What are other benefits of filing early?
Besides protecting yourself from tax identity theft, the most obvious benefit of filing early is that, if you’re getting a refund, you’ll get that refund sooner. The IRS expects more than nine out of ten refunds to be issued within 21 days.
But even if you owe tax, filing early can be beneficial. You still won’t need to pay your tax bill until April 15, but you’ll know sooner how much you owe and can plan accordingly. Keep in mind that some taxpayers who typically have gotten refunds in the past could find themselves owing tax when they file their 2018 return due to tax law changes under the Tax Cuts and Jobs Act (TCJA) and reduced withholding from 2018 paychecks.
If you have questions about tax identity theft or would like help filing your 2018 return early, please contact us. While the new Form 1040 essentially does fit on a postcard, many taxpayers will also have to complete multiple schedules along with the form. And the TCJA has changed many tax breaks. We can help you ensure you file an accurate return that takes advantage of all of the breaks available to you. Call us at 205-345-9898 for more.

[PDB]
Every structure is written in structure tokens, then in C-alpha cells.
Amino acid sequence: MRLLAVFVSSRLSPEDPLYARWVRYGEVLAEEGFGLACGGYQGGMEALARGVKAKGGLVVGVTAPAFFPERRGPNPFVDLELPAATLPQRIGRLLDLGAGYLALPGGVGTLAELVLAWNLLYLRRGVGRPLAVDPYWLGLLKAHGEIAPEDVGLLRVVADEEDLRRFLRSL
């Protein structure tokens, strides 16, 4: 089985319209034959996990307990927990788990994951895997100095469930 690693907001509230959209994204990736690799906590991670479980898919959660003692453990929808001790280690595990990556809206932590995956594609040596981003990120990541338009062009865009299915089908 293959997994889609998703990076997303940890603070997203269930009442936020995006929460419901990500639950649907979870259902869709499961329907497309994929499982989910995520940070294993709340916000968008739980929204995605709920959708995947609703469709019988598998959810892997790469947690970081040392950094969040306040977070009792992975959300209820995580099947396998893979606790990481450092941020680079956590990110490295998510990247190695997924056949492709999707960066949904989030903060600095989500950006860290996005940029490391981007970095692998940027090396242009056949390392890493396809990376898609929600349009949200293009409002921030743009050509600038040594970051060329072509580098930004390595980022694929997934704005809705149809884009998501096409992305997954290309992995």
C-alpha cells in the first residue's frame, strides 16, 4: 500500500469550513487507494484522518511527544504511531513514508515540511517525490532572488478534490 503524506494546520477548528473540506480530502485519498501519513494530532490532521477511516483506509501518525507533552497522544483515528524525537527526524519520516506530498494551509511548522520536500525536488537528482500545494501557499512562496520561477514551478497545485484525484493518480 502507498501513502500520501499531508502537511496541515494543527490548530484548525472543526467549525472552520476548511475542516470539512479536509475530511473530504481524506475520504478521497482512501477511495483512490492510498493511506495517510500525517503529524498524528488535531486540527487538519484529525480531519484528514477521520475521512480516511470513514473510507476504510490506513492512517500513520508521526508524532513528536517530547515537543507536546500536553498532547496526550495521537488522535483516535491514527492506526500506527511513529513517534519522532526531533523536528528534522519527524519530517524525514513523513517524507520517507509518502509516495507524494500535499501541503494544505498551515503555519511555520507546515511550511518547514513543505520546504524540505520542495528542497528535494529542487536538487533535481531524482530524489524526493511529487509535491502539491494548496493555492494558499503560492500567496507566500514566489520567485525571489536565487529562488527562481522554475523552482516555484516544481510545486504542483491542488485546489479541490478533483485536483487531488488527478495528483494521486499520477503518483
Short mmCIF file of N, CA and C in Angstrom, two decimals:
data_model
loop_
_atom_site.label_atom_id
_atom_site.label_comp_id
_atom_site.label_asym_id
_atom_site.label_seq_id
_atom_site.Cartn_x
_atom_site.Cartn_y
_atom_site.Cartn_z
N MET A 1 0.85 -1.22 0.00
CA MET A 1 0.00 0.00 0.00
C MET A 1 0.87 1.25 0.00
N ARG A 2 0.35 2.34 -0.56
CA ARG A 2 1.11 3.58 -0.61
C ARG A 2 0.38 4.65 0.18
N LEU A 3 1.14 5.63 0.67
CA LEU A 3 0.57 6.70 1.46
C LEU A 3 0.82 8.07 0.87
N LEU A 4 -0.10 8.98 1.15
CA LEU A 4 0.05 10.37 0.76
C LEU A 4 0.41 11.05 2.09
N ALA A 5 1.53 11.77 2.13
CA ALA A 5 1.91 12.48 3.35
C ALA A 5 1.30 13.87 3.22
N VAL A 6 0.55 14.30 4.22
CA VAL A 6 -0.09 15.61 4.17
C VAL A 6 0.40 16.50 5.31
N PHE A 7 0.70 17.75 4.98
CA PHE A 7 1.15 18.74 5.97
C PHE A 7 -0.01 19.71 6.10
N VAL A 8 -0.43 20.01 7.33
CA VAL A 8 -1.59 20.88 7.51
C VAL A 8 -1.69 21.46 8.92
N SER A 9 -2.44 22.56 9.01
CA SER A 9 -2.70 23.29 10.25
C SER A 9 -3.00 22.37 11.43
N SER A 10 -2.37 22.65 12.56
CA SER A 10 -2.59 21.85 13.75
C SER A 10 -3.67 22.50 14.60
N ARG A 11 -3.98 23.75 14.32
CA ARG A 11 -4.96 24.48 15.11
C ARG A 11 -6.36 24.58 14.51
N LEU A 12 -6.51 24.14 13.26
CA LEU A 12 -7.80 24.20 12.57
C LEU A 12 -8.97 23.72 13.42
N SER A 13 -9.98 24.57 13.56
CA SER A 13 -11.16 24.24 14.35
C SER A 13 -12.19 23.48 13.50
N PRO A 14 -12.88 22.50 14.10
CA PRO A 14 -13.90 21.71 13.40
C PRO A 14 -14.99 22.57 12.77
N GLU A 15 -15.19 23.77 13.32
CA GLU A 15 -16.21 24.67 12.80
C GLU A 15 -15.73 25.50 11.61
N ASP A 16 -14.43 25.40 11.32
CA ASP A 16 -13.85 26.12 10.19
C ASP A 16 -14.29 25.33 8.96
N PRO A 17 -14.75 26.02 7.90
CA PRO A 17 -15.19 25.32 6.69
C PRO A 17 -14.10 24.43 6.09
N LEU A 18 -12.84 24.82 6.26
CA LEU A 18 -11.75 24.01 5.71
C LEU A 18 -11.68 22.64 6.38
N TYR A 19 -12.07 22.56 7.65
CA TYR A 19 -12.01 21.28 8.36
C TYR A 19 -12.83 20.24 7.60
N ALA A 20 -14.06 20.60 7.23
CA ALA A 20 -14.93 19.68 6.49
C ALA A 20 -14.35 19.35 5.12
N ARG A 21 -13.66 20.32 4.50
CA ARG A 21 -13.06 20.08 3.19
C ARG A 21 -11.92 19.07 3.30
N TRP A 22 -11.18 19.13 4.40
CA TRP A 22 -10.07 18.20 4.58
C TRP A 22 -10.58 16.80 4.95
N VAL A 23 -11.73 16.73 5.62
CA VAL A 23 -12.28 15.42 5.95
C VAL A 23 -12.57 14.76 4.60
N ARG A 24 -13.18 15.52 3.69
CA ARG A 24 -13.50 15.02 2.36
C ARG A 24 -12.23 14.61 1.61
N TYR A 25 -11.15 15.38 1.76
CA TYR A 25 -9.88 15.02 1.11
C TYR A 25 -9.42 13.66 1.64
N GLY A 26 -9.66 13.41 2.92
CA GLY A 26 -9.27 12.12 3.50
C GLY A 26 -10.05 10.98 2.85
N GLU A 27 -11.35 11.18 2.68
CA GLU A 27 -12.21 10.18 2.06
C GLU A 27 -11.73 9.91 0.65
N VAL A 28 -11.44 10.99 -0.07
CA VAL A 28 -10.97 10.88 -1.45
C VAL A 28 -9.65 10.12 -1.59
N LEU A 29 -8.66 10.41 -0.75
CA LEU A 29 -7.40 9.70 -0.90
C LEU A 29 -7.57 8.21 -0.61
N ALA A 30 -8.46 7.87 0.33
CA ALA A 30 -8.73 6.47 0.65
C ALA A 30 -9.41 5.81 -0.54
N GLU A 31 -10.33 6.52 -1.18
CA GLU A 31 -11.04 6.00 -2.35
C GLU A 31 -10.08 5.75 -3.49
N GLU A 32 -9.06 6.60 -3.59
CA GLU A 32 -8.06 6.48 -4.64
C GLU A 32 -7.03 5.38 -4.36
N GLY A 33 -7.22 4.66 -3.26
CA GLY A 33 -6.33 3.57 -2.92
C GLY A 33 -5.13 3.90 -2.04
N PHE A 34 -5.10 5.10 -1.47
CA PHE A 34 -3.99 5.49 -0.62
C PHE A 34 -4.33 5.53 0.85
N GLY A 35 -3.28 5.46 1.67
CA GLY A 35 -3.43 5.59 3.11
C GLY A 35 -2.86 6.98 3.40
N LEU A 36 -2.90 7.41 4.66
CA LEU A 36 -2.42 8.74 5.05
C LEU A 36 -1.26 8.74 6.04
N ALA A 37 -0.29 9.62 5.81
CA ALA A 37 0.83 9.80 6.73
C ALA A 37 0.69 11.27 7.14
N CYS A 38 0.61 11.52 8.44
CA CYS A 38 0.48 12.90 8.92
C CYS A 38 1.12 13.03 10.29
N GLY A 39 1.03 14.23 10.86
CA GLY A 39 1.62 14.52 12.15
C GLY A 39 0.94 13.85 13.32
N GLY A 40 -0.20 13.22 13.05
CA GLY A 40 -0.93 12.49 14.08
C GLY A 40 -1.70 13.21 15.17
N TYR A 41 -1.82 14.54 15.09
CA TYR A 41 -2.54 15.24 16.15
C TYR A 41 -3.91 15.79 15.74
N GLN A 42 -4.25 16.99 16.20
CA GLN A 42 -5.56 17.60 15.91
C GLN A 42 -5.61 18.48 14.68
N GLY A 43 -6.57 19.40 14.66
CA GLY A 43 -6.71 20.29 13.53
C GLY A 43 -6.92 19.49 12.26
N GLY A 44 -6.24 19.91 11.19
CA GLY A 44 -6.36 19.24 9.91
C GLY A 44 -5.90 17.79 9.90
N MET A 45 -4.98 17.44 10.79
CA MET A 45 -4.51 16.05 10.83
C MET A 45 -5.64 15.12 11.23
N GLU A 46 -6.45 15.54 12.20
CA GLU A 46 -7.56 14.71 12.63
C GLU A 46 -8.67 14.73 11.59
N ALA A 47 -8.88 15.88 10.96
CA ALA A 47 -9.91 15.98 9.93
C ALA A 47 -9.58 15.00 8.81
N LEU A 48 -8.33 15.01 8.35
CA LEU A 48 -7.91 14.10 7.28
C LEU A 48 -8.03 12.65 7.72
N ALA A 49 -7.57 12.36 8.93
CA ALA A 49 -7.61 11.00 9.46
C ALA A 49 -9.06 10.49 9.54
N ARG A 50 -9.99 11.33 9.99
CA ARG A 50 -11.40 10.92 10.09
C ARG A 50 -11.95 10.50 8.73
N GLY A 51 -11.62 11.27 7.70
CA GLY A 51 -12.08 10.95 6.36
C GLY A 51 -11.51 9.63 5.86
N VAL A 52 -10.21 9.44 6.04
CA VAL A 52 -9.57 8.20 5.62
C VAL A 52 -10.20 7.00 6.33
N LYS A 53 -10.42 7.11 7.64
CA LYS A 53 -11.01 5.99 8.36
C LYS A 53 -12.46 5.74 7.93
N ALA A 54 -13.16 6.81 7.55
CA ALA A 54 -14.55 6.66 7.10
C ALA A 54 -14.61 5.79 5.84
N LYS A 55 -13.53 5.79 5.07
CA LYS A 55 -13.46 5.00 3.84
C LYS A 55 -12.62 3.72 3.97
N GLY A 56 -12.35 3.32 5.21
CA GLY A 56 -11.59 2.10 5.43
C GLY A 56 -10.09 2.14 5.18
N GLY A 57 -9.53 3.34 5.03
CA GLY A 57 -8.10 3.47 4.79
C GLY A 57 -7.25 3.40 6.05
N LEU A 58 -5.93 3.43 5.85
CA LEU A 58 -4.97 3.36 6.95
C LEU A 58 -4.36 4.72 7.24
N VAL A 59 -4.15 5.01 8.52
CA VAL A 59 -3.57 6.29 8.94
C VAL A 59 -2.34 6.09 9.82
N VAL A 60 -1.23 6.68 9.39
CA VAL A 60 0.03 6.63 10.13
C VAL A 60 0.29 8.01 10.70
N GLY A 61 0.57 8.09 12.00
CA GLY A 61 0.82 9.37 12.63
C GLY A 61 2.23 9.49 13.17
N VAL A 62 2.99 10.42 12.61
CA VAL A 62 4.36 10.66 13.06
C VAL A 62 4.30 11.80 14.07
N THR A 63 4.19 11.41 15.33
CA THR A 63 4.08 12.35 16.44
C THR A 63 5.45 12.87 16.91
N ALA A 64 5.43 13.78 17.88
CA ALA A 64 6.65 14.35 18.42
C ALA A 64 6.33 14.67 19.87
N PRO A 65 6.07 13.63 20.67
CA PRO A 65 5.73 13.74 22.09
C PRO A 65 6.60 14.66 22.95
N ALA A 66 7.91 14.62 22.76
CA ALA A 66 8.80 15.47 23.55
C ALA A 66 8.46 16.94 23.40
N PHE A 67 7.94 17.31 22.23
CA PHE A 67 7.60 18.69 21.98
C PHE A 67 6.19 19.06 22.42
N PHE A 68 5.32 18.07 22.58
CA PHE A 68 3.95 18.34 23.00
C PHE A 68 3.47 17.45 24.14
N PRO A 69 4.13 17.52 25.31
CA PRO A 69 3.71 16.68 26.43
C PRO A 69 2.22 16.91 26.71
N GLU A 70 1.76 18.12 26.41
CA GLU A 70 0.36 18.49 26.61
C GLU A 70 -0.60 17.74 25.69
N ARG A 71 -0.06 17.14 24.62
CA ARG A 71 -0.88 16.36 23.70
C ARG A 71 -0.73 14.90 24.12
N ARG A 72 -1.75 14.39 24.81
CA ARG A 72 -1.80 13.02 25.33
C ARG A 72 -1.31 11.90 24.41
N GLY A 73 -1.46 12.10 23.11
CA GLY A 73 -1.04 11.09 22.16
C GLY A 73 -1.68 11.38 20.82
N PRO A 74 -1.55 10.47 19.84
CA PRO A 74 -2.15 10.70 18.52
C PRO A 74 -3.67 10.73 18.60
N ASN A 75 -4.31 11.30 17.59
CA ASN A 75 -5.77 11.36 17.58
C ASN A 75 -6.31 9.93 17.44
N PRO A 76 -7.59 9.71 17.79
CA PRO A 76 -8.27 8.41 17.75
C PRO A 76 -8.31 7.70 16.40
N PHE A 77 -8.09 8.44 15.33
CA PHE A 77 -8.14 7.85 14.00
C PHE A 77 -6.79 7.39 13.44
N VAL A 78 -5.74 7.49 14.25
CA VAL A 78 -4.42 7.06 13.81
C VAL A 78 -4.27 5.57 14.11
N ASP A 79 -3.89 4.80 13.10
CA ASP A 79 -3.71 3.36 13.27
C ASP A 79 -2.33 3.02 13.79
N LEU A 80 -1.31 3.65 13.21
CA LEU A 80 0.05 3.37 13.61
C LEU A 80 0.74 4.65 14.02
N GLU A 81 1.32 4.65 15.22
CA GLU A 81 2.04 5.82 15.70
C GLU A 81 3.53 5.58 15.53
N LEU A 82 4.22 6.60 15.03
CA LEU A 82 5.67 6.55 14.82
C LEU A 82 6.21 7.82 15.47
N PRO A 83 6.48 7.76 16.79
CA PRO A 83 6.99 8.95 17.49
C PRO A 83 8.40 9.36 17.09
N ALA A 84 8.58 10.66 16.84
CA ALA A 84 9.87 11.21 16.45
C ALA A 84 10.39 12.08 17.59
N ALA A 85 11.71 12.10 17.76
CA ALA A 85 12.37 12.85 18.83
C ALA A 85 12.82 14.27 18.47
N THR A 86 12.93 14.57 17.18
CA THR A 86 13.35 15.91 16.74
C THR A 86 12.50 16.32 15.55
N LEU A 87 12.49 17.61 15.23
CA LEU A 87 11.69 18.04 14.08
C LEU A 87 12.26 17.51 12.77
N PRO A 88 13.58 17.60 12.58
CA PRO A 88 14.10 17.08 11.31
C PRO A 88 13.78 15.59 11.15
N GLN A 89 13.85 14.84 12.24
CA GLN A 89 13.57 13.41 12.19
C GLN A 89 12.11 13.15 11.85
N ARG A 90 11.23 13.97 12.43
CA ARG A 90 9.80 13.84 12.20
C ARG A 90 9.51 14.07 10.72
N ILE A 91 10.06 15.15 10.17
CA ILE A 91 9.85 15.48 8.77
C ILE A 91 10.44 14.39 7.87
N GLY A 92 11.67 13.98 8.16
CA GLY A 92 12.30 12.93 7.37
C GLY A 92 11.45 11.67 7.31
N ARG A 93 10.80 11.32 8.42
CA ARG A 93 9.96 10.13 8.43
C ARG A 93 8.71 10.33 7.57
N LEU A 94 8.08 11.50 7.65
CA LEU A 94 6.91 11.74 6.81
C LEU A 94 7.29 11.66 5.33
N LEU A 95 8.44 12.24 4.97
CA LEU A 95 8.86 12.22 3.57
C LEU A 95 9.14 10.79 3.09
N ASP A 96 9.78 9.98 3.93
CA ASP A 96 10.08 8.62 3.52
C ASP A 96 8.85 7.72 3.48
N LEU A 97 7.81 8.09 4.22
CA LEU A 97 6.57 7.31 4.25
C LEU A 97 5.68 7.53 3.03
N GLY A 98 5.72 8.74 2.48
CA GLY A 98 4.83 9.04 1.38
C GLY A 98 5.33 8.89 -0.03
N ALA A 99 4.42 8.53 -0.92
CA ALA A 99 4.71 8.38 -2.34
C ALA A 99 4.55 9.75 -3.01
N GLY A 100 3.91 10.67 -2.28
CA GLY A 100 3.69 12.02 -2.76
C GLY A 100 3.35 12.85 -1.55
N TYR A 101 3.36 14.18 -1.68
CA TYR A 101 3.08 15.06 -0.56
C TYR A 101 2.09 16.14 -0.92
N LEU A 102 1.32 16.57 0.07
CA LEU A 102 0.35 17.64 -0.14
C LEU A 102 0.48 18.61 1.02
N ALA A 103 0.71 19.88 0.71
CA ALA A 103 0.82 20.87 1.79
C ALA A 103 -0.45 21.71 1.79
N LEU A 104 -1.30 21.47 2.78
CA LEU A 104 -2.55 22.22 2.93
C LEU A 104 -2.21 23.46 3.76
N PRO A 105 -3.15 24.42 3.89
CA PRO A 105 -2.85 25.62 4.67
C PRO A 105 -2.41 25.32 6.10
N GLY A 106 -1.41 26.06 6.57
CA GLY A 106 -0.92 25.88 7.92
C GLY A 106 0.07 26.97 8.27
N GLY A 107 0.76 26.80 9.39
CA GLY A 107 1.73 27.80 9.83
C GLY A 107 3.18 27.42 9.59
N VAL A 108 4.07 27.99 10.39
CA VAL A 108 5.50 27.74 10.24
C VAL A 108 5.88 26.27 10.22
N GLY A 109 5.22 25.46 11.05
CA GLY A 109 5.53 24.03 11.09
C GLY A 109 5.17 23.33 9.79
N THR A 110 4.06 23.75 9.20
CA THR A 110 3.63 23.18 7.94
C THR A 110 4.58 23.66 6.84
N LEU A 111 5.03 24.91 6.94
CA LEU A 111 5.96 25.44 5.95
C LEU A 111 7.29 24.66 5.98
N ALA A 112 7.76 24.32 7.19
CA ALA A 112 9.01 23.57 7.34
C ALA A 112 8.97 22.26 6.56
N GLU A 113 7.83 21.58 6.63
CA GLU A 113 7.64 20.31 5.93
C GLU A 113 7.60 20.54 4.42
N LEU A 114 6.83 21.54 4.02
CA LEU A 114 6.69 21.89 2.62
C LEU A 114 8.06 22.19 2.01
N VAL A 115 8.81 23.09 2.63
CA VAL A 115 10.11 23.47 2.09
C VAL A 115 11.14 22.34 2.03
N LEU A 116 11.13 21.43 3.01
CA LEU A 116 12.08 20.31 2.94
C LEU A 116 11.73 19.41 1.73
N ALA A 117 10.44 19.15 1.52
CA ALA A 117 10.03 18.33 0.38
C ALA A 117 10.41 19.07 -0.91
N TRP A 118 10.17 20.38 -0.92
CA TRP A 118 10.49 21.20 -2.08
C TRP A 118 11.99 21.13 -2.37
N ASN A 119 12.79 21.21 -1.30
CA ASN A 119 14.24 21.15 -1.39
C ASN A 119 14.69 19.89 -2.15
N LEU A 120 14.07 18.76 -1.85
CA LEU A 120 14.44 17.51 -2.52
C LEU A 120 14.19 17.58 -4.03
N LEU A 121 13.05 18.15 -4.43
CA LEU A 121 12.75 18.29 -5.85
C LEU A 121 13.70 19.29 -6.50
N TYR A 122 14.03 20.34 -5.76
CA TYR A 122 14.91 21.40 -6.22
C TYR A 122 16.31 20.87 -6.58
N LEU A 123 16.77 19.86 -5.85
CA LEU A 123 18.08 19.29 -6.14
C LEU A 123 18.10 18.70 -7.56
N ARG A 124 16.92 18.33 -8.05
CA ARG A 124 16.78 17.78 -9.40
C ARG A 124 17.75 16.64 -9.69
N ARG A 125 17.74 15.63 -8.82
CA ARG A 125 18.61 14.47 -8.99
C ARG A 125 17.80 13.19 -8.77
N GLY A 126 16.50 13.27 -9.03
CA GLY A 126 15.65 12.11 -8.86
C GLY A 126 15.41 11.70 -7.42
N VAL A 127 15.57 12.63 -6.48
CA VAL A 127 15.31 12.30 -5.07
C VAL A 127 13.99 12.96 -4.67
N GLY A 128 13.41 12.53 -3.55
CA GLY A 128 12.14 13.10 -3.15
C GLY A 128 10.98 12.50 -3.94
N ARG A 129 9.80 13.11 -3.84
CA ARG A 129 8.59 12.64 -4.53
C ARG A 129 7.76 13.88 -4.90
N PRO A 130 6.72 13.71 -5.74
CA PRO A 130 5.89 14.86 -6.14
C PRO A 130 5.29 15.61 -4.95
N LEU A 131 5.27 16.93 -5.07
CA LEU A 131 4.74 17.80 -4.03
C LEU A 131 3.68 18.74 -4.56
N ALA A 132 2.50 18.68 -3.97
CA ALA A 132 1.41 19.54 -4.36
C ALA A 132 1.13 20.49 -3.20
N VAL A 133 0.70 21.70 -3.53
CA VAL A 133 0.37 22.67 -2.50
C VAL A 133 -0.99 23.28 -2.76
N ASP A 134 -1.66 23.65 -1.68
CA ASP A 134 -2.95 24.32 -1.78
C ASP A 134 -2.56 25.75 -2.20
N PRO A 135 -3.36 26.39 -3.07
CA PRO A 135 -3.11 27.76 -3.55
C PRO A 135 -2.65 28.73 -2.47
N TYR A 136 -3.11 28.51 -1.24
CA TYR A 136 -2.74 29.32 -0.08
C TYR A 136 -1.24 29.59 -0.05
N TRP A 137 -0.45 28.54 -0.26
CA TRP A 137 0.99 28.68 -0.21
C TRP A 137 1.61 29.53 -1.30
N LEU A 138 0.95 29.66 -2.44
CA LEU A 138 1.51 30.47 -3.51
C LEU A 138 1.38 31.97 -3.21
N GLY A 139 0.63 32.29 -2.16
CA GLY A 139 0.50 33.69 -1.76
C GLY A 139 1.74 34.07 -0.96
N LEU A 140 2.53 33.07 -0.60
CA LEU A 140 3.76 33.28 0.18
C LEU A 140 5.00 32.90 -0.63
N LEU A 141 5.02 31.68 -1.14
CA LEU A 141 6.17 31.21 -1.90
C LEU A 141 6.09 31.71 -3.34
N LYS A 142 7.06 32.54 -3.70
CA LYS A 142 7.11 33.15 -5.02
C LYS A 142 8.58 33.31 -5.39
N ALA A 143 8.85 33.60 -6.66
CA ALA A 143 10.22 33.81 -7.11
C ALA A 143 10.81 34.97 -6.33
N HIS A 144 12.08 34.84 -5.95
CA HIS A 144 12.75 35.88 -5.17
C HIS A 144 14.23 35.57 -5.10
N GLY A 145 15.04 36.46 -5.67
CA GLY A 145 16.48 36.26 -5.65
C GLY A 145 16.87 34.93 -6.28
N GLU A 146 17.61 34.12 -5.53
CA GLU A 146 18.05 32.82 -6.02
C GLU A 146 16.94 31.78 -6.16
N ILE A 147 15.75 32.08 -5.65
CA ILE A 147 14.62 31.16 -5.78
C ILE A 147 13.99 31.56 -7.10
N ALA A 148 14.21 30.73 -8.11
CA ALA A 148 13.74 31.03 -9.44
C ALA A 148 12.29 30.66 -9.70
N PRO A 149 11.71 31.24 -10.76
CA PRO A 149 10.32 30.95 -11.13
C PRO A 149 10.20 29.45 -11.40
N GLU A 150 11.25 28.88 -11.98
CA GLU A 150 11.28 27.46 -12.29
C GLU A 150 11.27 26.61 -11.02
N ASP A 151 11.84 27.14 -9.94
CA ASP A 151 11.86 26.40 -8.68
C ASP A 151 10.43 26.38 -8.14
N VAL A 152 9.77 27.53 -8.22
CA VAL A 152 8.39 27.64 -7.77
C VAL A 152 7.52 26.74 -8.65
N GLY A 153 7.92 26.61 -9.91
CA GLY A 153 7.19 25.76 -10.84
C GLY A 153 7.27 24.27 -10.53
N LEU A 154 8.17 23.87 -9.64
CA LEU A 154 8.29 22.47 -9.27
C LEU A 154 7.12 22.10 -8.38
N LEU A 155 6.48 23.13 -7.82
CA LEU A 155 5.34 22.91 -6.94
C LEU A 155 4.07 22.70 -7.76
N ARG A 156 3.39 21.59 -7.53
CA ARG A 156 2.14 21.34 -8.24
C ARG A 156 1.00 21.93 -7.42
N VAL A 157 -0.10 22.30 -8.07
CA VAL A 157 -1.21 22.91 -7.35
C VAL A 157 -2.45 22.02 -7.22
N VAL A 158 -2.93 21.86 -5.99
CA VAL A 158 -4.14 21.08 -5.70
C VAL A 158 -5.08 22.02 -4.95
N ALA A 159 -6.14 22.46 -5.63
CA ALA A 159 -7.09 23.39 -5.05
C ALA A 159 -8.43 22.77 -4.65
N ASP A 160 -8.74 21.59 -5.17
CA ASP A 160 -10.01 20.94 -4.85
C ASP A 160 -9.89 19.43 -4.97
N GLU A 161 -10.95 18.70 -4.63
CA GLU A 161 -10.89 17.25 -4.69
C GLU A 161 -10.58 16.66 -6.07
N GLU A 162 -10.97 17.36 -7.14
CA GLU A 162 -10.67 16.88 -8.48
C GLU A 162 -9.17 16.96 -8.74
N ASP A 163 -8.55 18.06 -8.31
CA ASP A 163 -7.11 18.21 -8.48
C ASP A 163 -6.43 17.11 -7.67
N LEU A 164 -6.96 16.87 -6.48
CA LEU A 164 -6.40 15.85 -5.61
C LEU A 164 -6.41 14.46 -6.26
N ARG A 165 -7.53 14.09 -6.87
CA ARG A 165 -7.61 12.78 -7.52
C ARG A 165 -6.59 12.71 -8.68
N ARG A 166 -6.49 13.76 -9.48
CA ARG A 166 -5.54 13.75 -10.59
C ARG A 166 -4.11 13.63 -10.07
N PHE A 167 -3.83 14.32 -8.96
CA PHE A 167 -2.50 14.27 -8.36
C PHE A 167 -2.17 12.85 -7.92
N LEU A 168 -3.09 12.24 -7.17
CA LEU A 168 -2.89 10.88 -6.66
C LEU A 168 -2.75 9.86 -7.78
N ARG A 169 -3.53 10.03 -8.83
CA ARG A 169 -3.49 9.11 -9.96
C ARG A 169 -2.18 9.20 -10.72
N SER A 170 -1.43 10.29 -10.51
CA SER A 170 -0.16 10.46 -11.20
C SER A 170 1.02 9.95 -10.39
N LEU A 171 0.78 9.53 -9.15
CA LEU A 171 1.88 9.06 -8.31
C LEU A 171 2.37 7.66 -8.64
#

© 2019 Covenant CPA
Mergers and acquisitions are filled with risks, some of them unavoidable. But buyers can avoid risks associated with cooked books and other forms of deceptive accounting used by a seller to distort the value of its company. Before closing an acquisition, engage a forensic accounting expert to look for fake performance figures and hidden liabilities that might turn your deal into a disaster.
When reviewing a seller’s financial statements, forensic experts look for subtle warning signs of fraud. These include:
- Excess inventory,
- Increased accounts payable and receivable combined with dropping or stagnant revenues and income,
- An unusually high number of voided discounts for returns,
- Lack of sufficient documentation in sales records,
- A large number of account write-offs, and
- Increased purchases from new vendors.
Fishy revenue, cash flow and expense numbers and unreasonable-seeming growth projections warrant further investigation to determine whether financial statements represent fraud or they’re evidence of unintentional errors or mismanagement. The latter is common in smaller companies that don’t have their statements audited by outside experts or that may not have adequate internal financial expertise.